Power, Life and the Art of Government: Foucault's Genealogy of Modern Politics

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Description: In this dissertation I argue that although Foucault's genealogical inquiries from the middle to late 1970's are divided between those that examine bio-power and those that investigate governmentality, these two registers of political practice can and ought to be considered correlated and interconnected. I argue that the historical intelligibility of the forms of power over life, disciplinary and biopolitical, developed in the seventeenth and eighteenth centuries, must be understood relative to the political forms of governance that were invented and developed during the same period. I develop this argument through an analytical and exegetical examination of Foucault's published works and his lectures at the College de France, and contrary to the position, presented by prominent authors in the secondary literature on this period of Foucault's work, which claims that upon embarking on the critical investigation of the forms of governmental thought and practice characteristic of modern politics that Foucault abandoned the problem of the relation between power and life. Although the division between bio-power and governmentality enables a certain degree of analytical clarity regarding the organization of Foucault's corpus, and regarding the practices and discourses that constitute modern politics, I argue that one can develop a more critically incisive account of the exercise of modern political power, and a more complete account of the general terms of Foucault's genealogies, by bringing into relief the historically articulated connections between the techniques of bio-power and the rationalities of political governance developed within modern societies. Copies of dissertations may be obtained by addressing your request to ProQuest, 789 E. Eisenhower Parkway, P.O. Box 1346, Ann Arbor, MI 48106-1346. Telephone 1-800-521-3042; e-mail:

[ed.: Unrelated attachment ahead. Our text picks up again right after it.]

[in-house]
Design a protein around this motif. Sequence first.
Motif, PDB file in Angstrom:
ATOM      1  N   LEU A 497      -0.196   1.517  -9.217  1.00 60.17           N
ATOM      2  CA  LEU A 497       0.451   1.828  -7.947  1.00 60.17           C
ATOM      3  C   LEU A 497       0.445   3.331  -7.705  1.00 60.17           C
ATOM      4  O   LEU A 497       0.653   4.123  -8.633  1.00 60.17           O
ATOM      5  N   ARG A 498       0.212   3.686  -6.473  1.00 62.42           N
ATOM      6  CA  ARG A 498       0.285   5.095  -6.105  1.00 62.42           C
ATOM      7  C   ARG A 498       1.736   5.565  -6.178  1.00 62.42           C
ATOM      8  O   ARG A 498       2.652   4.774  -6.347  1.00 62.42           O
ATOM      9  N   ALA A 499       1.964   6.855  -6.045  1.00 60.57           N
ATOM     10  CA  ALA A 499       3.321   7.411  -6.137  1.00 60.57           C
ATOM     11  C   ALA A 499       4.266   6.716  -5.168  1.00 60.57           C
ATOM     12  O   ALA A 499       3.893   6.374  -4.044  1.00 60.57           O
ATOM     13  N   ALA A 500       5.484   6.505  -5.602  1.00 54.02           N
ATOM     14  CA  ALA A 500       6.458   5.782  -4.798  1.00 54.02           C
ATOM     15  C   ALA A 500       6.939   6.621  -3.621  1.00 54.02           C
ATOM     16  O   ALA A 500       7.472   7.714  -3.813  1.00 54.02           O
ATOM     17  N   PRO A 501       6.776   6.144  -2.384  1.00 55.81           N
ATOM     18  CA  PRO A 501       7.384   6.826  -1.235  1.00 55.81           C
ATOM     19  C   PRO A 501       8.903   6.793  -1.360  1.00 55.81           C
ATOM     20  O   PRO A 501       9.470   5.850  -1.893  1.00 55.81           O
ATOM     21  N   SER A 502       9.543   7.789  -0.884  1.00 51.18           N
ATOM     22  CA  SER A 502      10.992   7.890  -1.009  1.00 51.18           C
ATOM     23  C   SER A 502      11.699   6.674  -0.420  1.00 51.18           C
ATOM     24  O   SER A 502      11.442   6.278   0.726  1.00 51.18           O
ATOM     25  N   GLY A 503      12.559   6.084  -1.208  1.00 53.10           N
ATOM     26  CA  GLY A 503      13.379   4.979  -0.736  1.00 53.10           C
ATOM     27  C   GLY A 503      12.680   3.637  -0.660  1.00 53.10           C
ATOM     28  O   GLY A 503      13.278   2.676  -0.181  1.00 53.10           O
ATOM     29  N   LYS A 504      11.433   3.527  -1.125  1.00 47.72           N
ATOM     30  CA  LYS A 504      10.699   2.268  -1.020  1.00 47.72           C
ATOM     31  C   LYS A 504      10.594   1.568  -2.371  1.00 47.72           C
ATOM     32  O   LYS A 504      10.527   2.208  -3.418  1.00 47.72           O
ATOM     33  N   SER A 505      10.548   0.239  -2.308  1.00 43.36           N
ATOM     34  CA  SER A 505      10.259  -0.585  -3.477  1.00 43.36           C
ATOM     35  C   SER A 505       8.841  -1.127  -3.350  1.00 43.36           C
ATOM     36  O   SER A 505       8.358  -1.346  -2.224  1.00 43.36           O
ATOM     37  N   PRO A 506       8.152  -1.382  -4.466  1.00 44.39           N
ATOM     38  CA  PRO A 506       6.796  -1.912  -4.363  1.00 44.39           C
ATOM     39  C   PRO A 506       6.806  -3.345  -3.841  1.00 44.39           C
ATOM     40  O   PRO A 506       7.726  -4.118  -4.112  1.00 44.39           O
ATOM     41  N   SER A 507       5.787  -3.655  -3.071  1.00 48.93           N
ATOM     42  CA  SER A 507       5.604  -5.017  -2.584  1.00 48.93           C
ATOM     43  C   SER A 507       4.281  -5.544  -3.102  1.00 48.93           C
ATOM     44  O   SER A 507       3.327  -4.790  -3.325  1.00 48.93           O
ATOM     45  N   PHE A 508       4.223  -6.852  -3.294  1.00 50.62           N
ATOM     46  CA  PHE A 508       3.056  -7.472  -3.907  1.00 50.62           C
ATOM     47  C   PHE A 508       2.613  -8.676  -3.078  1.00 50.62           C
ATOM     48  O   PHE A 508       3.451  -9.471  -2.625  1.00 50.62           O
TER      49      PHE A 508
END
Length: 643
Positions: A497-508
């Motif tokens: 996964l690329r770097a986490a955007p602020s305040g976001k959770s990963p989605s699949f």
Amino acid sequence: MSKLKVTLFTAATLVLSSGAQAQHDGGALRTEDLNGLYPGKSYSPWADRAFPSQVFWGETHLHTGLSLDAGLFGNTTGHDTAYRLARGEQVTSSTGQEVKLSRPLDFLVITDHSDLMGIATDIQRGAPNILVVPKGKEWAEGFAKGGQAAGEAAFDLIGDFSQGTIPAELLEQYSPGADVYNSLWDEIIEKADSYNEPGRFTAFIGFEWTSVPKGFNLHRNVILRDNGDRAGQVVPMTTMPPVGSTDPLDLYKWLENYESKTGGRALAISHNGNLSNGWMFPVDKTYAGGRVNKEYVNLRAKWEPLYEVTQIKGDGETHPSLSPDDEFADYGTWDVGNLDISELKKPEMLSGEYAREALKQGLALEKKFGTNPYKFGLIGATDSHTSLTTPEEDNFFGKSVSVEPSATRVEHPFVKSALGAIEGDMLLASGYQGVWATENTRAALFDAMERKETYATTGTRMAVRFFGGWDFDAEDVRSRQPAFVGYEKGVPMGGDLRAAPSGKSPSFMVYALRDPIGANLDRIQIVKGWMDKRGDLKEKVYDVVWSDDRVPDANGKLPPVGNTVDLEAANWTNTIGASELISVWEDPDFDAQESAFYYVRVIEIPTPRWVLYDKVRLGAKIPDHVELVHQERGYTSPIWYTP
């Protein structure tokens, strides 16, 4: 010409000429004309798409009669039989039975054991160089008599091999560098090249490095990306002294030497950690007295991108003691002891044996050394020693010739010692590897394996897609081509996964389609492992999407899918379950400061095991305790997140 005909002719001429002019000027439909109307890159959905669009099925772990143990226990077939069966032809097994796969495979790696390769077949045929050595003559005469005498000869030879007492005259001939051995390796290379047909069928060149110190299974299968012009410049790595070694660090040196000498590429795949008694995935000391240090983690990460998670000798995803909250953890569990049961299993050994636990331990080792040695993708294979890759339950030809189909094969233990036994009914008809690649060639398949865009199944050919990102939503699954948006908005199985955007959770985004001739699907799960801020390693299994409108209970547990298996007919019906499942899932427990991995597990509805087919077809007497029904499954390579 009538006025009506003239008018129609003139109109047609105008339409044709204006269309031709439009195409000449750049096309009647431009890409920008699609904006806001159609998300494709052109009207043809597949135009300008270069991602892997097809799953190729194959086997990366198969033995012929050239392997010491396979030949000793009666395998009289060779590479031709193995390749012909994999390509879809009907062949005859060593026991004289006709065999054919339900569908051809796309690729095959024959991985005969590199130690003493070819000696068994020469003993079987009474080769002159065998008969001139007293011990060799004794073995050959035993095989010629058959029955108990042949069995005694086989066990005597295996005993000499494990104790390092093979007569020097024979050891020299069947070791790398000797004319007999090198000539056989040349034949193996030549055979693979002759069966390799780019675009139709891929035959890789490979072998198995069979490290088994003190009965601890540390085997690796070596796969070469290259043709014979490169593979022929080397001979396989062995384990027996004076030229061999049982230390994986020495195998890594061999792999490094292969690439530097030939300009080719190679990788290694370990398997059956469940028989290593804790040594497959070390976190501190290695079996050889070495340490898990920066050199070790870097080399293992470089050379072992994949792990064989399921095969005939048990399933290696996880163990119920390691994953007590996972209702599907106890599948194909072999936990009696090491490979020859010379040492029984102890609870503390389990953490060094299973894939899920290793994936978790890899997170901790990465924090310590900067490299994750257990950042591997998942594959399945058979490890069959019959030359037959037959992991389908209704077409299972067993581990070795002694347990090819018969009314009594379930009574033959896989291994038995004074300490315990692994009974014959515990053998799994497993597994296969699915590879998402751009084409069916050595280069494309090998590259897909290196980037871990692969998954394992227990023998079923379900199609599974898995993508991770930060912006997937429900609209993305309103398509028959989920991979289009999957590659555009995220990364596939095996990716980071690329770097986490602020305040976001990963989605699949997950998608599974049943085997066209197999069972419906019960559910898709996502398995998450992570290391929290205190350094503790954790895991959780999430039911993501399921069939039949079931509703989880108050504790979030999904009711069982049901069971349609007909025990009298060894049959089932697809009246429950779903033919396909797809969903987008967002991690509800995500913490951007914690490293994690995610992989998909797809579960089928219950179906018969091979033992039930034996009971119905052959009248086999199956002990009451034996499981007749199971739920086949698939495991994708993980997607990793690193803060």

Language: English
Format: Degree Work